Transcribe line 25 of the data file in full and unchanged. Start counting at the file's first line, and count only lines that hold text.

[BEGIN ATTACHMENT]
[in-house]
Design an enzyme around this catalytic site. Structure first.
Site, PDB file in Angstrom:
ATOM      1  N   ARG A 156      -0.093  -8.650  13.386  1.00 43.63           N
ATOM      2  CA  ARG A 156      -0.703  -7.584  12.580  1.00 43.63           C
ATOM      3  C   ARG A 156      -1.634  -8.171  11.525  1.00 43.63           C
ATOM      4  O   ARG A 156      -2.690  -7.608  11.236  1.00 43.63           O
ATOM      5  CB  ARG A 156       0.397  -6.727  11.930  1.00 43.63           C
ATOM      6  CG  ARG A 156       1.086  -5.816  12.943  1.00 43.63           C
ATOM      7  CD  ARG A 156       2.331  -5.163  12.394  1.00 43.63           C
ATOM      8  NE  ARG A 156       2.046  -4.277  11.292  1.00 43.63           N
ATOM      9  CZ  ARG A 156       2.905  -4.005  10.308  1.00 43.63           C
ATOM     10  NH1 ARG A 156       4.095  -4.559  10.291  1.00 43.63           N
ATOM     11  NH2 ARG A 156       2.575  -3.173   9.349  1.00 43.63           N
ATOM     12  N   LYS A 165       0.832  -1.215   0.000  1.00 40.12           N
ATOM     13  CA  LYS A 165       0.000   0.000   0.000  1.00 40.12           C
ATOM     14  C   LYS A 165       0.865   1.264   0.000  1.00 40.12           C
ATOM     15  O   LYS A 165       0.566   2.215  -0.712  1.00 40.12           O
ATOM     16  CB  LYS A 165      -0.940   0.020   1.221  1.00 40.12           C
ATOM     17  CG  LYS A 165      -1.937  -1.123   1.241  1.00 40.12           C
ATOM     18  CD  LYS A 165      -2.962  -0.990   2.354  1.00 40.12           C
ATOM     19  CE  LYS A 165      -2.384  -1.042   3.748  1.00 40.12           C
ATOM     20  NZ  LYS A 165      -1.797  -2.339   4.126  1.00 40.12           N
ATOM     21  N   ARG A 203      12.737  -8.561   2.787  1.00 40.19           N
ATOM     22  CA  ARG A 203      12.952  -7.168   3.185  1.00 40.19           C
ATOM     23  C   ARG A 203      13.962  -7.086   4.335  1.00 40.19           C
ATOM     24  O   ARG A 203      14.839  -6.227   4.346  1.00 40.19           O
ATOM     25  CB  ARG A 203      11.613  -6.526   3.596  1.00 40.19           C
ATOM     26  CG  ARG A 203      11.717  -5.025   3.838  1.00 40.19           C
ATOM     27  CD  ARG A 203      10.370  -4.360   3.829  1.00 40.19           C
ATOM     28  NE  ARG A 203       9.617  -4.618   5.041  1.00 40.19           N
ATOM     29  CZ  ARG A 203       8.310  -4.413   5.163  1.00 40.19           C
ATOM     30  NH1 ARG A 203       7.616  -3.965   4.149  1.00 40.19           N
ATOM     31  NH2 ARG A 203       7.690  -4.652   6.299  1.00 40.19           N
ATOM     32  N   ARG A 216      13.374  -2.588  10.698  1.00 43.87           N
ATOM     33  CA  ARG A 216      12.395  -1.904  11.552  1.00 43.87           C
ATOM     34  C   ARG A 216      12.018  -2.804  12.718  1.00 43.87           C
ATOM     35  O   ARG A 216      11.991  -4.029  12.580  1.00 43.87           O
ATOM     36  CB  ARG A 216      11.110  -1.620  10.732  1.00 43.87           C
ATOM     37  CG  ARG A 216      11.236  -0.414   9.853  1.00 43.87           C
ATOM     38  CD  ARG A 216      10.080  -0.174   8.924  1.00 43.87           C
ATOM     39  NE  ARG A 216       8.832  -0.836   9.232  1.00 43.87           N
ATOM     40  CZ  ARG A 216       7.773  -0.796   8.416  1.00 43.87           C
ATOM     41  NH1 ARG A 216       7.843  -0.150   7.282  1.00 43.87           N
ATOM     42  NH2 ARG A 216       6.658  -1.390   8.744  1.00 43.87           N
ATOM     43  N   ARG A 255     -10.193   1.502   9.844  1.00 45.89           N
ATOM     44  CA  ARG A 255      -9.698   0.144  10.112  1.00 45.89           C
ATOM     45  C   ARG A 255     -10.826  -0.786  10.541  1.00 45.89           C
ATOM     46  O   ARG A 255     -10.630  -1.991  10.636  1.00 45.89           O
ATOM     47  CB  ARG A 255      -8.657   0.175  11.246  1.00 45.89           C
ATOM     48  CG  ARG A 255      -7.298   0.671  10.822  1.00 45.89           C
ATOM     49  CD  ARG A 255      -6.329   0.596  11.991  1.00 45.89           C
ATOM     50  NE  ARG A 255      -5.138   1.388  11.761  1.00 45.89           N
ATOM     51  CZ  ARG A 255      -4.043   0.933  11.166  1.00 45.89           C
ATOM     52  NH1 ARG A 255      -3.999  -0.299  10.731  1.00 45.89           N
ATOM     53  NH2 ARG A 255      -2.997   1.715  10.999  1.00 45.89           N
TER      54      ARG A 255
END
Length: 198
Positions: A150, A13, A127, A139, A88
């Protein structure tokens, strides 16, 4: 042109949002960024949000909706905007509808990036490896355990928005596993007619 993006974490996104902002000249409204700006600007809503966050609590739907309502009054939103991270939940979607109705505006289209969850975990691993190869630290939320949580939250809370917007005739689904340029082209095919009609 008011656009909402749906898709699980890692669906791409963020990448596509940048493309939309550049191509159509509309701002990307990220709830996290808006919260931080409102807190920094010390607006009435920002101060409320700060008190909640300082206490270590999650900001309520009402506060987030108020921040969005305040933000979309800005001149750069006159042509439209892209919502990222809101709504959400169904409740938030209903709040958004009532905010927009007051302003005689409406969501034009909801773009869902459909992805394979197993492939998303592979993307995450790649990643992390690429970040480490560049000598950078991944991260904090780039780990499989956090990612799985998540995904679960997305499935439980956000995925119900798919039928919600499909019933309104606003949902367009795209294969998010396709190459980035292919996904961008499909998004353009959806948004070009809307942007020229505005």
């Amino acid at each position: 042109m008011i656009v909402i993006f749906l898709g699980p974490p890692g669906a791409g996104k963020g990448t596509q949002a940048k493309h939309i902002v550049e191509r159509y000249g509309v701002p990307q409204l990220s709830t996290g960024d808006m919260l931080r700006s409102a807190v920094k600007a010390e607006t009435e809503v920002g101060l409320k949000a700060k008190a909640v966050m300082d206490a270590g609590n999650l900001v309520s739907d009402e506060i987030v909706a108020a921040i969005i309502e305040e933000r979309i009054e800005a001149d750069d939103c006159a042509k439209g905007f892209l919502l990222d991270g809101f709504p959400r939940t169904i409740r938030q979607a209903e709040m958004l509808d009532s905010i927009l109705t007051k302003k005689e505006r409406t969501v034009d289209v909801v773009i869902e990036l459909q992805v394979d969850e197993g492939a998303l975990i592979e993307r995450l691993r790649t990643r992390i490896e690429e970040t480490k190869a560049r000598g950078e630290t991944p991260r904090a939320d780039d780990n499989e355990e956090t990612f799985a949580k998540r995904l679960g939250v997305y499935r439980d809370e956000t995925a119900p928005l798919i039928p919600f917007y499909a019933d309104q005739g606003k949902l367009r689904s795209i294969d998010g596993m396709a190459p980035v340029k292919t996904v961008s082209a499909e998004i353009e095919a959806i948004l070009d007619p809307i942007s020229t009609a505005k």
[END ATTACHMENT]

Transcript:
ATOM     22  CA  ARG A 203      12.952  -7.168   3.185  1.00 40.19           C